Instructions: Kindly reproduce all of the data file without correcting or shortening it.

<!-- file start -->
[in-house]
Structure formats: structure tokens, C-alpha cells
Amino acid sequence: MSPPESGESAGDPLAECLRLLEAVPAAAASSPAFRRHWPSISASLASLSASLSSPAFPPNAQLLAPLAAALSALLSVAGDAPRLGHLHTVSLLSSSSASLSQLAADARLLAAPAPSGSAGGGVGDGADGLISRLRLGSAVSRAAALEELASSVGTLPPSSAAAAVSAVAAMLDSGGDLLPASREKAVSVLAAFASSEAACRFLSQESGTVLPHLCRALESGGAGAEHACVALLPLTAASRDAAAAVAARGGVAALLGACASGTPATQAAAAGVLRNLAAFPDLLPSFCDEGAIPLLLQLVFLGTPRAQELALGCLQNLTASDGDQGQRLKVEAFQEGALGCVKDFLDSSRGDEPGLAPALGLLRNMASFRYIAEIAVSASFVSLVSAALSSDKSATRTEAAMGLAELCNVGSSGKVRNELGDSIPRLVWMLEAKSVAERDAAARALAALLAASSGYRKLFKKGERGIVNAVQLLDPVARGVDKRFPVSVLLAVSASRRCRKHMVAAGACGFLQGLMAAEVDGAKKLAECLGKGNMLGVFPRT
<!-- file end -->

[in-house]
Structure formats: structure tokens, C-alpha cells
Amino acid sequence: MSPPESGESAGDPLAECLRLLEAVPAAAASSPAFRRHWPSISASLASLSASLSSPAFPPNAQLLAPLAAALSALLSVAGDAPRLGHLHTVSLLSSSSASLSQLAADARLLAAPAPSGSAGGGVGDGADGLISRLRLGSAVSRAAALEELASSVGTLPPSSAAAAVSAVAAMLDSGGDLLPASREKAVSVLAAFASSEAACRFLSQESGTVLPHLCRALESGGAGAEHACVALLPLTAASRDAAAAVAARGGVAALLGACASGTPATQAAAAGVLRNLAAFPDLLPSFCDEGAIPLLLQLVFLGTPRAQELALGCLQNLTASDGDQGQRLKVEAFQEGALGCVKDFLDSSRGDEPGLAPALGLLRNMASFRYIAEIAVSASFVSLVSAALSSDKSATRTEAAMGLAELCNVGSSGKVRNELGDSIPRLVWMLEAKSVAERDAAARALAALLAASSGYRKLFKKGERGIVNAVQLLDPVARGVDKRFPVSVLLAVSASRRCRKHMVAAGACGFLQGLMAAEVDGAKKLAECLGKGNMLGVFPRT